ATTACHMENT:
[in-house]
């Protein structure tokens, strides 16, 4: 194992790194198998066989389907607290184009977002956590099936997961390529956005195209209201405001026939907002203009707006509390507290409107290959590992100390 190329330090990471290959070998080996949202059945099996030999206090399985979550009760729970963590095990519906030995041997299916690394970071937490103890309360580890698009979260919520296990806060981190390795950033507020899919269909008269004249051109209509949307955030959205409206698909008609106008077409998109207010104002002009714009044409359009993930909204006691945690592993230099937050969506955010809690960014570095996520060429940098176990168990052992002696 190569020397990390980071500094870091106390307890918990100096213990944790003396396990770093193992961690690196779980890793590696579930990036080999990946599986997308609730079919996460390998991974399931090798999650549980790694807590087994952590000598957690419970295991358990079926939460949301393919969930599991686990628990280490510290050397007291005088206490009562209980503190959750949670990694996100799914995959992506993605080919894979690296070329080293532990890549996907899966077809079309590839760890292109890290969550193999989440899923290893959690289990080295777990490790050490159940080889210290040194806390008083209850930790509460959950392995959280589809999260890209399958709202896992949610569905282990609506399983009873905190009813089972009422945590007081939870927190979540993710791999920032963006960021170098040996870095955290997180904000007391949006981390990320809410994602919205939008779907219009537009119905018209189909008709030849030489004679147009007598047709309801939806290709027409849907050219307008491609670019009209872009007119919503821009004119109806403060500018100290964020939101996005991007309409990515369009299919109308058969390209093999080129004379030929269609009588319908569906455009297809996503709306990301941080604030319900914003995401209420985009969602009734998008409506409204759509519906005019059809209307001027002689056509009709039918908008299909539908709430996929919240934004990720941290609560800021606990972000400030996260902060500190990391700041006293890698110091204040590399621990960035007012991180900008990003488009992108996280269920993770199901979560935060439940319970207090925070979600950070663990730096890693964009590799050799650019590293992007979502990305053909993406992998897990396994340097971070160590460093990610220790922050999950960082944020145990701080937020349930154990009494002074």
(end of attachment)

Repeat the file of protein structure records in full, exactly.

[in-house]
């Protein structure tokens, strides 16, 4: 194992790194198998066989389907607290184009977002956590099936997961390529956005195209209201405001026939907002203009707006509390507290409107290959590992100390 190329330090990471290959070998080996949202059945099996030999206090399985979550009760729970963590095990519906030995041997299916690394970071937490103890309360580890698009979260919520296990806060981190390795950033507020899919269909008269004249051109209509949307955030959205409206698909008609106008077409998109207010104002002009714009044409359009993930909204006691945690592993230099937050969506955010809690960014570095996520060429940098176990168990052992002696 190569020397990390980071500094870091106390307890918990100096213990944790003396396990770093193992961690690196779980890793590696579930990036080999990946599986997308609730079919996460390998991974399931090798999650549980790694807590087994952590000598957690419970295991358990079926939460949301393919969930599991686990628990280490510290050397007291005088206490009562209980503190959750949670990694996100799914995959992506993605080919894979690296070329080293532990890549996907899966077809079309590839760890292109890290969550193999989440899923290893959690289990080295777990490790050490159940080889210290040194806390008083209850930790509460959950392995959280589809999260890209399958709202896992949610569905282990609506399983009873905190009813089972009422945590007081939870927190979540993710791999920032963006960021170098040996870095955290997180904000007391949006981390990320809410994602919205939008779907219009537009119905018209189909008709030849030489004679147009007598047709309801939806290709027409849907050219307008491609670019009209872009007119919503821009004119109806403060500018100290964020939101996005991007309409990515369009299919109308058969390209093999080129004379030929269609009588319908569906455009297809996503709306990301941080604030319900914003995401209420985009969602009734998008409506409204759509519906005019059809209307001027002689056509009709039918908008299909539908709430996929919240934004990720941290609560800021606990972000400030996260902060500190990391700041006293890698110091204040590399621990960035007012991180900008990003488009992108996280269920993770199901979560935060439940319970207090925070979600950070663990730096890693964009590799050799650019590293992007979502990305053909993406992998897990396994340097971070160590460093990610220790922050999950960082944020145990701080937020349930154990009494002074």